A second chance at happiness for our golden oldies
In a perfect world, every senior pet should spend their golden years in a lush retirement home with a loving family. But senior pets end up at SPCA through no fault of their own, and in need of a second chance and an understanding family.
This is the story of our senior pets who needed a little more time to find the right family. A family who isn’t looking for a young puppy or kitten, but one who understands that while senior pets may not have as many years to live, they still have plenty of love to give.
“I knew when I saw her that I had to have her”
Fifteen-year-old Missy arrived at SPCA in November 2019 after her owner went into care and could no longer look after her.
After three months of waiting, her new mum Kathy walked into SPCA’s doors. “I had a 22-year-old cat who I had said goodbye to last year. When she went, I always said I would adopt another senior pet. When I saw Missy, I knew I had to have her,” Kathy says.
It only took two minutes and Kathy had fallen in love. Despite Missy’s age, Kathy had no concerns or reservations about adopting a senior pet. “I knew what an older cat was like and that they can be grumpy as anything,” Kathy laughs.
When Missy first came home, things didn’t go exactly as planned.
“Sharing a home with an eight-month-old puppy, Missy’s first reaction was to spend three days under the bed. Things improved very slowly, and at one point I rang SPCA to take her back. Tracey in the feline team told me to give her time, and I’m so pleased that I listened. Missy has really found her place here,” Kathy says.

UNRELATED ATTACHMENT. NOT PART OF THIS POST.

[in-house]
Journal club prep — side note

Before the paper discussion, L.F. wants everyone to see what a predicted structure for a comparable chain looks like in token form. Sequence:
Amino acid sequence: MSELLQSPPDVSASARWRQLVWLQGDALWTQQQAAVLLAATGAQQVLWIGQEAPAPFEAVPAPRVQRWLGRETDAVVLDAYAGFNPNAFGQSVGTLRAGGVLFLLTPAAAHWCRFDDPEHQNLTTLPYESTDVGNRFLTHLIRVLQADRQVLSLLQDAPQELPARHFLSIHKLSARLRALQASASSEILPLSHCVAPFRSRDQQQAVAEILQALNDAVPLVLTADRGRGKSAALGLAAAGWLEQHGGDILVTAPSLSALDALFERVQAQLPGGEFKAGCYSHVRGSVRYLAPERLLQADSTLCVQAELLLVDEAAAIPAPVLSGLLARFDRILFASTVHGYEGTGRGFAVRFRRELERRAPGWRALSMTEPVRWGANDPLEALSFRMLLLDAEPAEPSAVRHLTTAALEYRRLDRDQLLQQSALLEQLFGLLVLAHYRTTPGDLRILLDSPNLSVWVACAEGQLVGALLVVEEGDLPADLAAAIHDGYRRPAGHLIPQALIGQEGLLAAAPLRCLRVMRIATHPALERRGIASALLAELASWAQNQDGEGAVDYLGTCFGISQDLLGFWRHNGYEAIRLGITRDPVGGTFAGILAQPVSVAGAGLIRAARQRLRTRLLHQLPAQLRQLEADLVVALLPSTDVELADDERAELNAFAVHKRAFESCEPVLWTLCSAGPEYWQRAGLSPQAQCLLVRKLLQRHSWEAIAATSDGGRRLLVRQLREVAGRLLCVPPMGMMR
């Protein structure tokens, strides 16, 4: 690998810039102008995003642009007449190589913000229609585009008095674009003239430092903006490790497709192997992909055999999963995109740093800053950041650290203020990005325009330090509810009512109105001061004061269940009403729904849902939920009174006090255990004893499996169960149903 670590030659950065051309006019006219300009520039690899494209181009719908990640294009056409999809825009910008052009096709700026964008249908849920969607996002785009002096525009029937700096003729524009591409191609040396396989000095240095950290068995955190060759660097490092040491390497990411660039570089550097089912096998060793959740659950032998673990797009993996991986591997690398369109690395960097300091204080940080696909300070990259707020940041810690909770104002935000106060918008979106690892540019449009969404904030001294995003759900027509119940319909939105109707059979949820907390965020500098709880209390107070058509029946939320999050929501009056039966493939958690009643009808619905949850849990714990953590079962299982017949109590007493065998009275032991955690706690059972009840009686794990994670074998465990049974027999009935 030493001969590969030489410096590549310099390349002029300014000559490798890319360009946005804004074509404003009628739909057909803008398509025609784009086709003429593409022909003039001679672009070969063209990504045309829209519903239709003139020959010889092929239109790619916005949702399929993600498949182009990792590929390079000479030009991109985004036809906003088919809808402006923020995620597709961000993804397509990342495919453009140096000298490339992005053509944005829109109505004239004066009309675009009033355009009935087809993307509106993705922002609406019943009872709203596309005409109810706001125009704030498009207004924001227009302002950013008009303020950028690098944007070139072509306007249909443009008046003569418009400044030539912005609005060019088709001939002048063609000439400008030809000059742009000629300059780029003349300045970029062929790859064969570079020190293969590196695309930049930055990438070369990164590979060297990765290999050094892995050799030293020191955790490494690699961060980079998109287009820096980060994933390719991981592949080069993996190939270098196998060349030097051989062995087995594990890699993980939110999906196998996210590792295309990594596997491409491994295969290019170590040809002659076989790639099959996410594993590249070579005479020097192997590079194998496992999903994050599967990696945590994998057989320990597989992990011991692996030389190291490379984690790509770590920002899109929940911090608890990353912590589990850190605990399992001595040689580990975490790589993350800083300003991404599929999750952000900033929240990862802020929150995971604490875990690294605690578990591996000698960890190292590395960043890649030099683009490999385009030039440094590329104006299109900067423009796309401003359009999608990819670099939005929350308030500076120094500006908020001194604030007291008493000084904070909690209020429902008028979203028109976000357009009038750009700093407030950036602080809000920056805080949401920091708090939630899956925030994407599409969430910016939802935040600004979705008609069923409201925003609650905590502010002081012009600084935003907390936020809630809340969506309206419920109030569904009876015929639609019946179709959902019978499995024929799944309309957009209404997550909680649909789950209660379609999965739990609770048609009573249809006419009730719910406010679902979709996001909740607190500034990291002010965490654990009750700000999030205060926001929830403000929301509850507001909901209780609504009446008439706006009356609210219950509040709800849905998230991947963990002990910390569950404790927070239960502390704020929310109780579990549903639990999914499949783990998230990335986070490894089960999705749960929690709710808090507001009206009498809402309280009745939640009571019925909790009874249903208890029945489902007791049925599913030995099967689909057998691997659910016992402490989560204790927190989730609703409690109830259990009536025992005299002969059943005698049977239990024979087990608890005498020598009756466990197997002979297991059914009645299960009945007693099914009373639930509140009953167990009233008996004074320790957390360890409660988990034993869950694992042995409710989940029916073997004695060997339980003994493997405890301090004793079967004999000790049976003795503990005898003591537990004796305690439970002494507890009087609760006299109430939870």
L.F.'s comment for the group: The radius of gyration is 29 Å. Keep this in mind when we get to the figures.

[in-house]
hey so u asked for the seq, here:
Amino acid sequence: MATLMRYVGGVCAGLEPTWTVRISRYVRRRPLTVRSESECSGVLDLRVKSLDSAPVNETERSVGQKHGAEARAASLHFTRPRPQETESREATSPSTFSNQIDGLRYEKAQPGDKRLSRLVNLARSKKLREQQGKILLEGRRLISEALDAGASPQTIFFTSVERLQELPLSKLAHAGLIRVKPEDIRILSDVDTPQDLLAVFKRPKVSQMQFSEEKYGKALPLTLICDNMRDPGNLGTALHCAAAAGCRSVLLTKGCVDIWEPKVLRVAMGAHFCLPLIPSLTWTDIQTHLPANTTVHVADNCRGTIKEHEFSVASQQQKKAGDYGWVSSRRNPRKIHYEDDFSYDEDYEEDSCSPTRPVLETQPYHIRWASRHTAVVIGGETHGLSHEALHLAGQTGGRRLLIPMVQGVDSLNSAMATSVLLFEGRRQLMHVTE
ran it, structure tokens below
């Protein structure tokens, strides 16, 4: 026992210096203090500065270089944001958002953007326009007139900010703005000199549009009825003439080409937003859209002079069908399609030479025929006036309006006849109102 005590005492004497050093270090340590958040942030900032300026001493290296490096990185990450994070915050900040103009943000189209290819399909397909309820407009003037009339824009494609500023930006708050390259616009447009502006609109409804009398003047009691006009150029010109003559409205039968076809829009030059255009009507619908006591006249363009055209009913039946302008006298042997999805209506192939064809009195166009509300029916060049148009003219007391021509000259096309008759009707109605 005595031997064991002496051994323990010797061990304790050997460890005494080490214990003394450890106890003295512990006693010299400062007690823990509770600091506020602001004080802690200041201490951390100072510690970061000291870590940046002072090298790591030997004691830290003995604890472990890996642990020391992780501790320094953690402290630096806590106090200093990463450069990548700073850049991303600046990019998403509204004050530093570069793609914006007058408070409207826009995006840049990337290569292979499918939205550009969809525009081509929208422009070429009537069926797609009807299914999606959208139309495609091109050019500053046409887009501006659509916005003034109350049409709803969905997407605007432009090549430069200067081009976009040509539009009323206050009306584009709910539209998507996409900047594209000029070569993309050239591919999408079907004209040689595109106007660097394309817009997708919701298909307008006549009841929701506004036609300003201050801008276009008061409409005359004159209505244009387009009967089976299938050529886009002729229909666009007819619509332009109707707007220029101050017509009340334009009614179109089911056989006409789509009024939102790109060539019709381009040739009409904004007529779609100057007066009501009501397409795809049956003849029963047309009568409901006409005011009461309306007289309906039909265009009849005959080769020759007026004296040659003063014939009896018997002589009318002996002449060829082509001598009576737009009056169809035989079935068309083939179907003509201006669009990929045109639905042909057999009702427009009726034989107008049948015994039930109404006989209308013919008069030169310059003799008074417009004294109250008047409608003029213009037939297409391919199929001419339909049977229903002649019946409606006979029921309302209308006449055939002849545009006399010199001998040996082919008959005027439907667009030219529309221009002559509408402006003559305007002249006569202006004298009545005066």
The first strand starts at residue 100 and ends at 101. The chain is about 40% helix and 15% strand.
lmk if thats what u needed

Missy loves lying on the couch and sleeping against her canine brother on the bed. But there is one moment that Kathy will always remember. “It was the first time she gave my dog a kiss on the nose.”
Adopting a senior pet doesn’t have to be hard, Kathy says. “The only difference is she doesn’t know where her food is. It’s not on the floor as the dog would eat it, so I lift her and guide her to it. Missy also doesn’t know how to use the cat door, I’ve tied the cat flap up using sellotape,” Kathy laughs.
Kathy says if you haven’t adopted a senior pet before, you should consider it. “Don’t be scared, the young ones are more trouble than the old ones. Missy only wants a couple of things in life – food and cuddles – and then she’s happy. She doesn’t scratch up the couch or the furniture.”
“He’s just so adorable.”
Charlie The Unicorn arrived at SPCA in August 2019 with no history. He was missing a horn, and he was skinny and arthritic. All the SPCA team knew was that they wanted to give him a bright future.
Because of his condition and the amount of medication he needed, Charlie would need a very special home. That’s when his new mum Rebecca received a call from the SPCA.
“SPCA contacted me about an elderly goat who was very arthritic and on a lot of medication. As soon as I saw Charlie, I told my partner Nick that we would be adding another goat to the family,” Rebecca says.
“I wanted his retirement home to be living on a paddock and hanging with his best friends. We have four goats and three sheep, and he is best friends with all of them. Charlie’s very much a part of the sheep team,” Rebecca laughs.
Adopting a senior pet can come with some health problems and associated costs, and Rebecca takes various steps to ensure Charlie The Unicorn is happy.
“I give Charlie pain relief every second day and put it in his breakfast. Today I put it in broccoli. He also gets monthly injections. Charlie The Unicorn also needs to stay warm for his arthritis, and he lives in an insulated shed with all our animals,” she says.